Striga spp. are noxious parasitic weeds that attack important crop species such as rice, maize and sorghum. Estimated yield losses can reach 1 billion US dollars annually. Striga belongs to the Orobanchaceae family, which contains approximately 90 genera of parasitic species. The degree of parasitism varied among species, from facultative parasites that can set seeds without host plants, to obligate holoparasites that cannot photosynthesize and thus completely depend on their hosts. The obligate parasites (e.g., Striga and Orobanche) germinate only when host plants are close by, via recognition of host-secreted strigolactones. The germinated parasitic plants develop an invasive haustorium on their roots. The haustoria penetrate host roots and establish vascular connections between hosts and parasites to absorb water and nutrients. Induction of haustorium is provoked by host-derived small compounds, named haustorium-inducing factors, including quinones and flavonoids. Diversity of germination stimulants and haustorium-inducing factors is likely to contribute to host recognition by parasitic plants. On the other hand, host plants respond to parasitic plants by activating plant immunity. This review focuses on the interaction between the parasites and their hosts.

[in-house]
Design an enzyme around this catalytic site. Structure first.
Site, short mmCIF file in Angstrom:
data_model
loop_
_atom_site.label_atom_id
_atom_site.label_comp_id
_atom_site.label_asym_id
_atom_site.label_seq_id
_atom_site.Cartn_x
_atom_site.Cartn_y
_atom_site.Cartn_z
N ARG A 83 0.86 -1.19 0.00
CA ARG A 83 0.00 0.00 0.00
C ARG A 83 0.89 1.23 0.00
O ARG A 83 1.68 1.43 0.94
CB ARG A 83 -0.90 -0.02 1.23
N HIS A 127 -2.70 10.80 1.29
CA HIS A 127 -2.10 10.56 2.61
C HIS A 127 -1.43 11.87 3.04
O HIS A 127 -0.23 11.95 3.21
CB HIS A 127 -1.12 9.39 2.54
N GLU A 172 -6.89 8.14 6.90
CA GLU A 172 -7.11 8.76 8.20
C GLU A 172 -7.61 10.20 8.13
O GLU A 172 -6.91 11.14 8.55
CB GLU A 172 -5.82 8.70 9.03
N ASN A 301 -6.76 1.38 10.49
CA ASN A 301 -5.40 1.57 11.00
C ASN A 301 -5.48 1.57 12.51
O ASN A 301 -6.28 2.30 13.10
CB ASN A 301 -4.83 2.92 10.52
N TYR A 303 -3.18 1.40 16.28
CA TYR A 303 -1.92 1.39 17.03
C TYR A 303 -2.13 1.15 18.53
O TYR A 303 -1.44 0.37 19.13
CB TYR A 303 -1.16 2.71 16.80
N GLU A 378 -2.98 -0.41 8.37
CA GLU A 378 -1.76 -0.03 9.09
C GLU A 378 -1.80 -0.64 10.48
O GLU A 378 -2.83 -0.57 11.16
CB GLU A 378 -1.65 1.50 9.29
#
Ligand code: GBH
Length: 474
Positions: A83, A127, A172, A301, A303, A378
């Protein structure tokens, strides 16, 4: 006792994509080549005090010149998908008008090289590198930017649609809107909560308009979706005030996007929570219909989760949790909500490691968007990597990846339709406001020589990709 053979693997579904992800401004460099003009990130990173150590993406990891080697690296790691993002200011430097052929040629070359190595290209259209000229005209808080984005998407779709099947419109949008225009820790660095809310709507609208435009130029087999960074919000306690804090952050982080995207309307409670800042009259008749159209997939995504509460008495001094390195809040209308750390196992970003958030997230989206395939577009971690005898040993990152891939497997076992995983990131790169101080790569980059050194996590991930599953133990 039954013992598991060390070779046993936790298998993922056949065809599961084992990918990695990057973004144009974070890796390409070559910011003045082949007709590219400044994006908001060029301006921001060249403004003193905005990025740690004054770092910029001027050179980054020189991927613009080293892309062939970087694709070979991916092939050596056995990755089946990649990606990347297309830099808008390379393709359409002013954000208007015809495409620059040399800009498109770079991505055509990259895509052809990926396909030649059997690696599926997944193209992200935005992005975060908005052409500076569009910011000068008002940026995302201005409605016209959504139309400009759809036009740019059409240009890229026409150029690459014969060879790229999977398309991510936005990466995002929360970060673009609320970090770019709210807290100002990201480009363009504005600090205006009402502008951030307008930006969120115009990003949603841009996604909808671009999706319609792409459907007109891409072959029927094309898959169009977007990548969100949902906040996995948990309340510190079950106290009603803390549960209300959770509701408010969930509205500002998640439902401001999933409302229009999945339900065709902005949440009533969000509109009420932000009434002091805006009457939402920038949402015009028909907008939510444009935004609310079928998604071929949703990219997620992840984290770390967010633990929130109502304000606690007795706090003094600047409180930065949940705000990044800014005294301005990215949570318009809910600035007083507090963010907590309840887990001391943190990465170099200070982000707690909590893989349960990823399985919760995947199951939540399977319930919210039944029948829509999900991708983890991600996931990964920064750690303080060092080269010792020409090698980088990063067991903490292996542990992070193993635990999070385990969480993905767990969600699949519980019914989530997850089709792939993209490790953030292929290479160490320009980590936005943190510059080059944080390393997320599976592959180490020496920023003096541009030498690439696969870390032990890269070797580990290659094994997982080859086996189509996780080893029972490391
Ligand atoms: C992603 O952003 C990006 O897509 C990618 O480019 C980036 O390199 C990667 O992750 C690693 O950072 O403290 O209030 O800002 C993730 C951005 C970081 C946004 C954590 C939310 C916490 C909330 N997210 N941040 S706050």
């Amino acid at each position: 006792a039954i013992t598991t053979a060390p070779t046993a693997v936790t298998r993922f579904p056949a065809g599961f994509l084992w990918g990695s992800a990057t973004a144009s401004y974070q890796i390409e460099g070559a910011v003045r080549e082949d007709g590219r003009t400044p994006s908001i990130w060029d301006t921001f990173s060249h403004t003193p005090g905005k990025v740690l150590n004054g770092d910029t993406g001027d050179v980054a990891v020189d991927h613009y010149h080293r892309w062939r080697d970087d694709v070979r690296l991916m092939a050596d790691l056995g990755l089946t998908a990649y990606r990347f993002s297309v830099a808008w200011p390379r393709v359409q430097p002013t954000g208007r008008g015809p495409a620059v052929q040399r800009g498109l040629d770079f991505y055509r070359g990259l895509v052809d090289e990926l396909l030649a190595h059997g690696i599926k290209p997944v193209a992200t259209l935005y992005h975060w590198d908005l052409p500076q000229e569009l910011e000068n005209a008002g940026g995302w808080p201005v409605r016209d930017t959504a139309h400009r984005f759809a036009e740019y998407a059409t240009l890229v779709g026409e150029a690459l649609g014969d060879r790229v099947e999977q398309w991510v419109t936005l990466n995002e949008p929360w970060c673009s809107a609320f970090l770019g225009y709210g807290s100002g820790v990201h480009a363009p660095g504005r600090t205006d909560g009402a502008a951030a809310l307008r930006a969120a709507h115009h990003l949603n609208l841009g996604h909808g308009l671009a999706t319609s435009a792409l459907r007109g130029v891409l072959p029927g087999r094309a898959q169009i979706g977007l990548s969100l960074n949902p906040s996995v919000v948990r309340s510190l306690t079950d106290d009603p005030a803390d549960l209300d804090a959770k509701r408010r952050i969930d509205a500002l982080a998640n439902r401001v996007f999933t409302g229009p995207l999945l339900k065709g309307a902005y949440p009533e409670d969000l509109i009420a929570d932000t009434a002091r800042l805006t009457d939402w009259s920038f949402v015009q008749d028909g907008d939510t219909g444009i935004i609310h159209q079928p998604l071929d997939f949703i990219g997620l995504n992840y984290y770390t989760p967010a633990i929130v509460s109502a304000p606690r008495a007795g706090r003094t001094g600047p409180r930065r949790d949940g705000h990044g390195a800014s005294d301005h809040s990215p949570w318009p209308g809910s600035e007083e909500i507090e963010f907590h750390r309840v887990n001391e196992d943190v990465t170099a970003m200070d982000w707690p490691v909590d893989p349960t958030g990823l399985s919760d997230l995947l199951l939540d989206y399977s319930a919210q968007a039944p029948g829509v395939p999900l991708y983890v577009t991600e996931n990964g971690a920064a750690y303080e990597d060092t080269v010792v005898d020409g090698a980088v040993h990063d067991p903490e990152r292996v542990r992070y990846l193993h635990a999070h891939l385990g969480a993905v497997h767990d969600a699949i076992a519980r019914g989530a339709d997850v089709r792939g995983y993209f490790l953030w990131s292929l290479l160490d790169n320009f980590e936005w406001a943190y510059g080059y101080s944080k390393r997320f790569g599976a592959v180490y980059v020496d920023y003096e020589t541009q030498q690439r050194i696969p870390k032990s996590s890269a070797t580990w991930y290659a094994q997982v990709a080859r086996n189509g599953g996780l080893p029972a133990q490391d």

We collected 1017 and 1931 isolates of wheat eyespot pathogen from 555 fields in various regions of Hokkaido in 1989 and 1992, respectively. Of these, 52.3% in 1989 and 43.7% in 1992 were identified as Oculimacula acuformis based on mycelial growth and culture morphology. The others (47.7% in 1989 and 56.7% in 1992) were O. yallundae. The 2-year data showed that O. acuformis was widely distributed in Hokkaido and was the dominant species in the northern and eastern regions. The susceptibility of O. yallundae and O. acuformis to demethylation inhibitor (DMI) fungicides was tested. The EC50 values for propiconazole ranged from 0.16 to 0.32 ppm and 1.0 to 4.5 ppm, and those for prochloraz ranged from 0.03 to 0.09 ppm and 0.04 to 0.18 ppm in O. yallundae and O. acuformis, respectively. The 2-year results indicate that the susceptibility of O. acuformis to propiconazole was relatively low. Efficacy of propiconazole and prochloraz on wheat eyespot was investigated in the fields where the proportion of O. acuformis was different from 5.0 to 100%. Propiconazole was effective in the fields dominated by O. yallundae, whereas the effect was not observed in those dominated by O. acuformis. Prochloraz had a stable effect in all the fields tested.
A severe postharvest rot of acerola fruits (cv. Kanmikei) was found in Okinawa Prefecture, Japan in 2017. A fungus frequently isolated from the diseased fruits was identified as Colletotrichum tropicale based on morphological, cultural characteristics and sequence similarity of ApMat and GS gene regions. The isolates reproduced the symptoms on acerola fruits after inoculation and were reisolated from the inoculated fruits. This is the first report of anthracnose on acerola fruit in Japan.